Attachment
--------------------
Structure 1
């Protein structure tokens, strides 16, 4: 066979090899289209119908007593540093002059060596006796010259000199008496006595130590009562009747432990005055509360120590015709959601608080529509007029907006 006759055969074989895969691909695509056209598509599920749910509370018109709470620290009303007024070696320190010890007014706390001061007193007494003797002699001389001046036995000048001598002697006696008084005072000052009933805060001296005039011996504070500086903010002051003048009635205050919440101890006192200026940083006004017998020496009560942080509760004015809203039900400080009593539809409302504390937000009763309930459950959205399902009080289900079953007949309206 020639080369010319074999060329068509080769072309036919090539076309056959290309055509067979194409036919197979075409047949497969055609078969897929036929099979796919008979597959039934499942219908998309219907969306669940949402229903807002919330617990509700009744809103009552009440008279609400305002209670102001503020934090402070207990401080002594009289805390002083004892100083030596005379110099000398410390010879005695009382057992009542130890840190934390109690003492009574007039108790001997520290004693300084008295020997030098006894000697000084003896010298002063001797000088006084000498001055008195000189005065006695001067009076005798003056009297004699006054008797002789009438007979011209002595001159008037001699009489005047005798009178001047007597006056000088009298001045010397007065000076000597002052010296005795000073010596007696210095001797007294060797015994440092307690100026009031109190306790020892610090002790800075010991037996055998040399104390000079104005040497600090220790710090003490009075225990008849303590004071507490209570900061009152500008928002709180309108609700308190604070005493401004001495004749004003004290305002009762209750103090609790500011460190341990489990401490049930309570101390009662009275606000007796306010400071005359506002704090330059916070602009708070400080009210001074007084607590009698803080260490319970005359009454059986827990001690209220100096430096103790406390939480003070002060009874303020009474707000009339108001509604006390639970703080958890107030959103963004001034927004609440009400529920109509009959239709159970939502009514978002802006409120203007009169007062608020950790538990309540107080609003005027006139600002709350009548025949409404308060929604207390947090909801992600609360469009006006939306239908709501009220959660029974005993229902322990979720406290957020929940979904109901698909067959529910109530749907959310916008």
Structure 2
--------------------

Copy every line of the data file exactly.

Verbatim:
Structure 1
């Protein structure tokens, strides 16, 4: 066979090899289209119908007593540093002059060596006796010259000199008496006595130590009562009747432990005055509360120590015709959601608080529509007029907006 006759055969074989895969691909695509056209598509599920749910509370018109709470620290009303007024070696320190010890007014706390001061007193007494003797002699001389001046036995000048001598002697006696008084005072000052009933805060001296005039011996504070500086903010002051003048009635205050919440101890006192200026940083006004017998020496009560942080509760004015809203039900400080009593539809409302504390937000009763309930459950959205399902009080289900079953007949309206 020639080369010319074999060329068509080769072309036919090539076309056959290309055509067979194409036919197979075409047949497969055609078969897929036929099979796919008979597959039934499942219908998309219907969306669940949402229903807002919330617990509700009744809103009552009440008279609400305002209670102001503020934090402070207990401080002594009289805390002083004892100083030596005379110099000398410390010879005695009382057992009542130890840190934390109690003492009574007039108790001997520290004693300084008295020997030098006894000697000084003896010298002063001797000088006084000498001055008195000189005065006695001067009076005798003056009297004699006054008797002789009438007979011209002595001159008037001699009489005047005798009178001047007597006056000088009298001045010397007065000076000597002052010296005795000073010596007696210095001797007294060797015994440092307690100026009031109190306790020892610090002790800075010991037996055998040399104390000079104005040497600090220790710090003490009075225990008849303590004071507490209570900061009152500008928002709180309108609700308190604070005493401004001495004749004003004290305002009762209750103090609790500011460190341990489990401490049930309570101390009662009275606000007796306010400071005359506002704090330059916070602009708070400080009210001074007084607590009698803080260490319970005359009454059986827990001690209220100096430096103790406390939480003070002060009874303020009474707000009339108001509604006390639970703080958890107030959103963004001034927004609440009400529920109509009959239709159970939502009514978002802006409120203007009169007062608020950790538990309540107080609003005027006139600002709350009548025949409404308060929604207390947090909801992600609360469009006006939306239908709501009220959660029974005993229902322990979720406290957020929940979904109901698909067959529910109530749907959310916008």
Structure 2